Ross Greenwood: Here is that weak part of it though Tom. Tomorrow an interest rate comes in from the reserve bank probably expected to be on hold. There’s an increasing, if you like bathing of the Tom Tom drums, that rights will rise early next year or maybe into the middle of next year. What you say is absolutely true while it might be reasonable in Melbourne and Sydney which have got significant net mass migration at the moment. It’s positive, so there’s a demand for housing. There’s obviously been significant building in those capitals cities. The truth is that in Darwin path to a lesser extent. Brisbane certainly Adelaide they don’t want any interest rate increase because if there is any potential recovery in the housing market that will it’s stone dead.

Tim Lawless: Yes, I couldn’t agree more. The other side of that as well is some numbers just put up by the IBA late last week was the level of debt in Australia. That was updated up to the end of March and it showed that the housing price to income ratio– sorry the ratio of debt to income in Australia has just reached 190%. It’s never been that high. What that means is that if we do see rates moving higher, it just suggests that household have become even more sensitive to those very small movements. If we do see rates moving higher from where they are which mortgage rates are currently moving up, it probably means that we’ll see a bit of a slow down on household consumption which absolutely isn’t what the economy needs.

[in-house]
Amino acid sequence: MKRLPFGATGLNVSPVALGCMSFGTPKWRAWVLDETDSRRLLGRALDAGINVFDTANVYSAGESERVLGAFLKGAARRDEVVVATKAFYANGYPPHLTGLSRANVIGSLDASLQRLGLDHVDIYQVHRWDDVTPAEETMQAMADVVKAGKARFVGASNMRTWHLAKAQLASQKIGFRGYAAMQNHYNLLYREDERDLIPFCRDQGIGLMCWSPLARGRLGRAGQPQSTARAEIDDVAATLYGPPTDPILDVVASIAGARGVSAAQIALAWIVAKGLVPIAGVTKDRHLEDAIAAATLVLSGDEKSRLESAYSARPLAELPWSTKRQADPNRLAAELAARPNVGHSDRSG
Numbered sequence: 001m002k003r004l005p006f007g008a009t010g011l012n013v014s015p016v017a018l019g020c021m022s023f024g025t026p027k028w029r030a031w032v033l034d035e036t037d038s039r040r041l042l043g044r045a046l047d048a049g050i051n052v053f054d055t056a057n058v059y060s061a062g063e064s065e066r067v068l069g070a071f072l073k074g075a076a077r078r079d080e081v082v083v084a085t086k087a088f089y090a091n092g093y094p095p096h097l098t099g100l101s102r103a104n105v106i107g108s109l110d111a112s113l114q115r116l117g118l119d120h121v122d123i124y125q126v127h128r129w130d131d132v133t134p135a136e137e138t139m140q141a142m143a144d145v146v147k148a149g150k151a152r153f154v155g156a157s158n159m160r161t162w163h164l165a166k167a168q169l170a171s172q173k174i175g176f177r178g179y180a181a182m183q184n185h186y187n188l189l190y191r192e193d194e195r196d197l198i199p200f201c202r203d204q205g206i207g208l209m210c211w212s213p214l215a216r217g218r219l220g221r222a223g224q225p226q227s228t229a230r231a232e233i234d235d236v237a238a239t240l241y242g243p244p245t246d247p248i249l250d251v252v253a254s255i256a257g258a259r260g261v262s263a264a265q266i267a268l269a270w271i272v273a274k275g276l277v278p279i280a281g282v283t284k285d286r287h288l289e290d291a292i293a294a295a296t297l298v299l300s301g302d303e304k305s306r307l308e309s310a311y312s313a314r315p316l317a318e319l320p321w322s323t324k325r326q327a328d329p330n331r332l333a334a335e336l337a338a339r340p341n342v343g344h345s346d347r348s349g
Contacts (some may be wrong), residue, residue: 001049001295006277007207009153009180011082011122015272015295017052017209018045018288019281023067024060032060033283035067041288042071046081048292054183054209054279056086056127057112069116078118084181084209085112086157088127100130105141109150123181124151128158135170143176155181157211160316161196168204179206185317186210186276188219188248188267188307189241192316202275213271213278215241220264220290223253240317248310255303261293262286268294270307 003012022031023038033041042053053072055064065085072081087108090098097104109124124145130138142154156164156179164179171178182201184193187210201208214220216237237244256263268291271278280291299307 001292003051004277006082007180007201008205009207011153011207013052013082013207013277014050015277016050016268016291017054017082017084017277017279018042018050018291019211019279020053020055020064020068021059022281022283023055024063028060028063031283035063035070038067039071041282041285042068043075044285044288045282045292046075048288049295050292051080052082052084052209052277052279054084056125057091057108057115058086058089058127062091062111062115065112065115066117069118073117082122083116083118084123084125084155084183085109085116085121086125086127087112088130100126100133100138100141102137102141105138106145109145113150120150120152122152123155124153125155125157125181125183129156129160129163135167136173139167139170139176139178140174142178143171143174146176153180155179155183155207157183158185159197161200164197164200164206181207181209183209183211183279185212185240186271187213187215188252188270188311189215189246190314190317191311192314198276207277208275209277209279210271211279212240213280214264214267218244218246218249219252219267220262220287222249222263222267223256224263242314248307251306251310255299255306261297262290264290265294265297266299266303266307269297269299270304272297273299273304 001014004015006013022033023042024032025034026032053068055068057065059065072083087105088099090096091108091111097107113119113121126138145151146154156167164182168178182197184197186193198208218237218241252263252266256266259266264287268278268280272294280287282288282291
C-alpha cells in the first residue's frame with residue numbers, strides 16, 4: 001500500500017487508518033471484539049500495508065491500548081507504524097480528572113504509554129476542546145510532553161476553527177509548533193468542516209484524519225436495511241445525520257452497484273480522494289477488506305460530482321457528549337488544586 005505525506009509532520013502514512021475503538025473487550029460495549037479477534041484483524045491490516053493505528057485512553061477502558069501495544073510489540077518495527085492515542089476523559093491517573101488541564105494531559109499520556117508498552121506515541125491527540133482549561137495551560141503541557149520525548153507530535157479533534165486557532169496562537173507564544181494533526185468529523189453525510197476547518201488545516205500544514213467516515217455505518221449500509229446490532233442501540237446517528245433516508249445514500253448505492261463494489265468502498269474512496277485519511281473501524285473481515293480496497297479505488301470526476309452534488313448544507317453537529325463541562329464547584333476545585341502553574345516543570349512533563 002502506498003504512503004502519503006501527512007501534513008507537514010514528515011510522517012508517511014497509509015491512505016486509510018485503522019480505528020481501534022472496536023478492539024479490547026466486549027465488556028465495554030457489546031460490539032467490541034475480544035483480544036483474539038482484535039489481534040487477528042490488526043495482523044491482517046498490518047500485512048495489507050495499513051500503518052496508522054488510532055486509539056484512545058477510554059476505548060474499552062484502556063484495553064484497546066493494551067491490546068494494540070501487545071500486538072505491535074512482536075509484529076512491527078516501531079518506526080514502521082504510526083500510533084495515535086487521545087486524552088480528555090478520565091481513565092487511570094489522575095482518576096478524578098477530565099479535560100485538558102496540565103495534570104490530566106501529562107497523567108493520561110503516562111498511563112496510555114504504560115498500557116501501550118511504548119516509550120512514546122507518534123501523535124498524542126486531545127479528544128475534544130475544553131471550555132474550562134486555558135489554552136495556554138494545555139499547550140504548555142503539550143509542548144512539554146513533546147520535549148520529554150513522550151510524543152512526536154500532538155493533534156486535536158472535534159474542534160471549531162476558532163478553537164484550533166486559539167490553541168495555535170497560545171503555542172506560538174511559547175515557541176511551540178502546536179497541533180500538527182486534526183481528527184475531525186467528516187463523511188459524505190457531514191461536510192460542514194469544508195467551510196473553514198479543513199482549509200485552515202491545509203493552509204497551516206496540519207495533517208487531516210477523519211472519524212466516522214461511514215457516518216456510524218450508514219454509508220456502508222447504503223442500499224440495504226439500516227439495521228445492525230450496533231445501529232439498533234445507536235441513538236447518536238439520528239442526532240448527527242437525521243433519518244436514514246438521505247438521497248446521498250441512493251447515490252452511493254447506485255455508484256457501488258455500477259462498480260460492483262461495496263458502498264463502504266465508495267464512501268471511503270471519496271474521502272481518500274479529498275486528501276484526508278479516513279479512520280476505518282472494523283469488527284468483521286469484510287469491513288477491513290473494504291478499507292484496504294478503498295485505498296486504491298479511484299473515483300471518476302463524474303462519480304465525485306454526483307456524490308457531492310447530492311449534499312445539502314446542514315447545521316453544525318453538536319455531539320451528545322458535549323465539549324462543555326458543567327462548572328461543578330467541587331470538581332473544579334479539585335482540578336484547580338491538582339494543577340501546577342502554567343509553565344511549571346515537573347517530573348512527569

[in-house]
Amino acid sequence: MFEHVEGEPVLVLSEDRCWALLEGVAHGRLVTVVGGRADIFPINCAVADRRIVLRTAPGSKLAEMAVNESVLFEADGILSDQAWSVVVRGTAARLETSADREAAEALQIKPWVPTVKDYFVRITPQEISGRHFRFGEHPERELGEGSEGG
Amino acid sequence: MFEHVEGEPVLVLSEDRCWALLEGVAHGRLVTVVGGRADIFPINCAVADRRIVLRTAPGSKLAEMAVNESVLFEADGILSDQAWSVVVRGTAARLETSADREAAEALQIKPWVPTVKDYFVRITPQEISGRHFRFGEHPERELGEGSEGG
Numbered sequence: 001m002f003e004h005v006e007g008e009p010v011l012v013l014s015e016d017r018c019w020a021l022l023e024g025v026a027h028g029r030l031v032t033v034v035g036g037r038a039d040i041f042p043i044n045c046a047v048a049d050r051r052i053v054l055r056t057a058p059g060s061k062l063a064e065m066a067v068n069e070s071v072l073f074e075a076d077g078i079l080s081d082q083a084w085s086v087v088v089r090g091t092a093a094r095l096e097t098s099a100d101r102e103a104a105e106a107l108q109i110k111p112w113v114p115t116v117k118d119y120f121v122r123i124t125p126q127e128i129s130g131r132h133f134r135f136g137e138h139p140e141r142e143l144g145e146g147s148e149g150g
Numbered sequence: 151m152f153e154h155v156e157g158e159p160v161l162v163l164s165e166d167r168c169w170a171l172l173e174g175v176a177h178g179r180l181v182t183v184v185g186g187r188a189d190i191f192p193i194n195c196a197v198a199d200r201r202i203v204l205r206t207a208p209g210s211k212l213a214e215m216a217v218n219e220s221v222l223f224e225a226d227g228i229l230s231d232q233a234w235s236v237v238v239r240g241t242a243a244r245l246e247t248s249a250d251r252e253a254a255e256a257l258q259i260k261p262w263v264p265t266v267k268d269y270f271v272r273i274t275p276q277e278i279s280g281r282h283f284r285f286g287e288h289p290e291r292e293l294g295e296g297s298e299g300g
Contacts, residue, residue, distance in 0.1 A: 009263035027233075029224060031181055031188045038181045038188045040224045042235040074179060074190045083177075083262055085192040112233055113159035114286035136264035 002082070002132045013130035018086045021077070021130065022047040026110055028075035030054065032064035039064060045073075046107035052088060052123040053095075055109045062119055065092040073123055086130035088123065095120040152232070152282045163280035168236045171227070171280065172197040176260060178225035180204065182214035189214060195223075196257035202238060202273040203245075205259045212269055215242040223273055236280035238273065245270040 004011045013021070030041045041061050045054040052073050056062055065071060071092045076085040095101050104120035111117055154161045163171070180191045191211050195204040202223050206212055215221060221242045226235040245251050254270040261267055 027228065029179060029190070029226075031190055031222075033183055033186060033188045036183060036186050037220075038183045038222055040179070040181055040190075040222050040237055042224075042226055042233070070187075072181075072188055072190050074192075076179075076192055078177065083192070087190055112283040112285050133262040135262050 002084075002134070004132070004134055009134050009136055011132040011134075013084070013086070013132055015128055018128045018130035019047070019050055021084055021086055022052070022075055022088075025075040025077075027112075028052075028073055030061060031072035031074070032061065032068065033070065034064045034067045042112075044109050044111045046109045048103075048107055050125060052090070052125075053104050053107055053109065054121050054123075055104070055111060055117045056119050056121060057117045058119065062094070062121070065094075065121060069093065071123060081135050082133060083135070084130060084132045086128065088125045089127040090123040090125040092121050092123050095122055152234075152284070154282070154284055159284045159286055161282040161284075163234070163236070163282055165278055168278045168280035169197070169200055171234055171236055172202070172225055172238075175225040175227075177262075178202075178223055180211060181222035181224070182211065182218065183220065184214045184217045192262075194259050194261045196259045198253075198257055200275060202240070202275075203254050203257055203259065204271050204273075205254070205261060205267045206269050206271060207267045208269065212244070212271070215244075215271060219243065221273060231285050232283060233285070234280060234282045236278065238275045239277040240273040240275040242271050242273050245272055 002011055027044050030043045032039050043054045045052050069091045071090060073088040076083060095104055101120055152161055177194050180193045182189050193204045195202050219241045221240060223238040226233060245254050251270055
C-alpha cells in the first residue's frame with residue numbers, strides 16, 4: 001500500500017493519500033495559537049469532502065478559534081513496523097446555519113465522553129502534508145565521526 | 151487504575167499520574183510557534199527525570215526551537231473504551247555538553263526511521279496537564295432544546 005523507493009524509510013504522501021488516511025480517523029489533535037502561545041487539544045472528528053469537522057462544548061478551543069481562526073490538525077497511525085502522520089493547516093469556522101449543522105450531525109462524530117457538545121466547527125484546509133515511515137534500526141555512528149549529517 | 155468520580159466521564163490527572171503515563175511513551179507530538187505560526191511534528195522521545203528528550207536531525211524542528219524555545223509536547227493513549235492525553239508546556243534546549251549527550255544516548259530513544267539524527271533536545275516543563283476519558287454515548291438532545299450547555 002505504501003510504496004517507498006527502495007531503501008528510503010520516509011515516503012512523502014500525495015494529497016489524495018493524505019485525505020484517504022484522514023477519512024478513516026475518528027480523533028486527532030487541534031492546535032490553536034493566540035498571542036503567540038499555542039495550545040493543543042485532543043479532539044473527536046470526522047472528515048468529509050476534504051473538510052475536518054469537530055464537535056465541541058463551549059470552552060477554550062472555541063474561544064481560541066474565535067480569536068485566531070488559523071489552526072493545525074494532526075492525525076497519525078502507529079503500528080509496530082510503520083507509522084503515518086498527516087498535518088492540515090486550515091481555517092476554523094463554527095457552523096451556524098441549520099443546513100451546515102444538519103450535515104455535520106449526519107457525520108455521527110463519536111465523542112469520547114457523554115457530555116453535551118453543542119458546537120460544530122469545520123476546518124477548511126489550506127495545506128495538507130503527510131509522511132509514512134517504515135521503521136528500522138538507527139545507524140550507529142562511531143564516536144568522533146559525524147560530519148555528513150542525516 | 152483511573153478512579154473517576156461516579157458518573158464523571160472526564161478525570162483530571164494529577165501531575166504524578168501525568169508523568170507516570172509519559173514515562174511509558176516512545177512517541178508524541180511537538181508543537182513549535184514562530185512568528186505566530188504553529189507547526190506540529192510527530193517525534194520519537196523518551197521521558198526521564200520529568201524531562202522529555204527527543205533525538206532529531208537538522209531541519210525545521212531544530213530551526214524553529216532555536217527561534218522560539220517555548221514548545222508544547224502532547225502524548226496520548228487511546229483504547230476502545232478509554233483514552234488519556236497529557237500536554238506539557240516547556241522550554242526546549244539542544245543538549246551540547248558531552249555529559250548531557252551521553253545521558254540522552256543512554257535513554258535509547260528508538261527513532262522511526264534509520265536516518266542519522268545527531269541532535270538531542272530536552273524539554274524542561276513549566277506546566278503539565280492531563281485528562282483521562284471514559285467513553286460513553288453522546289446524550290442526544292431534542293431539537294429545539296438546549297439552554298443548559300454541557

Ross Greenwood: The things that I keep on hearing is it might not necessarily be the housing market in the various tight capital cities is the problem at the moment, it is the apartment market. In particular, there are two cities that really to many stand out. One is Melbourne, the Brisbane. Now, we do on the same what’s taking place in Darwin and Perth but because of the over development some would argue in Brisbane and Melbourne they’re particularly potentially vulnerable especially if some of these apartments well, they can’t complete or the owners really do have difficulties even to try start the rise.

Tim Lawless: Yes, honestly the people that signed the contract two years ago then settled shortly, they might have a change in inability to get finance. Which either they can’t get their loan or their loan evaluation ratio is that it’s maybe behind what they expected or even worse than that. We are seeing a lot of evidence now that when people are settling for they’re off the plan unit purchase, it’s actually coming with evaluation that’s lower than the contract price. Immediately after settlement they’re under water in terms of their being negative equity plus they got to top up their deposits to meet the bank’s land evaluation ratio obligations.

Ross Greenwood: I’ll tell you what, it’s really going to be a big ongoing story. Not only over this year but then as the interest rates potentially starts to move next year as well. Tim Lawless does this numbers each month. The head of Research at CoreLogic and they have suddenly bounced back but as he says, watch those monthly numbers because they really can be a little allusly. Watch out the annual numbers or the quarterly numbers, they might just give you a slightly better indication. Tim as always we appreciate your time here on the program.

Tim Lawless: Thanks, Ross.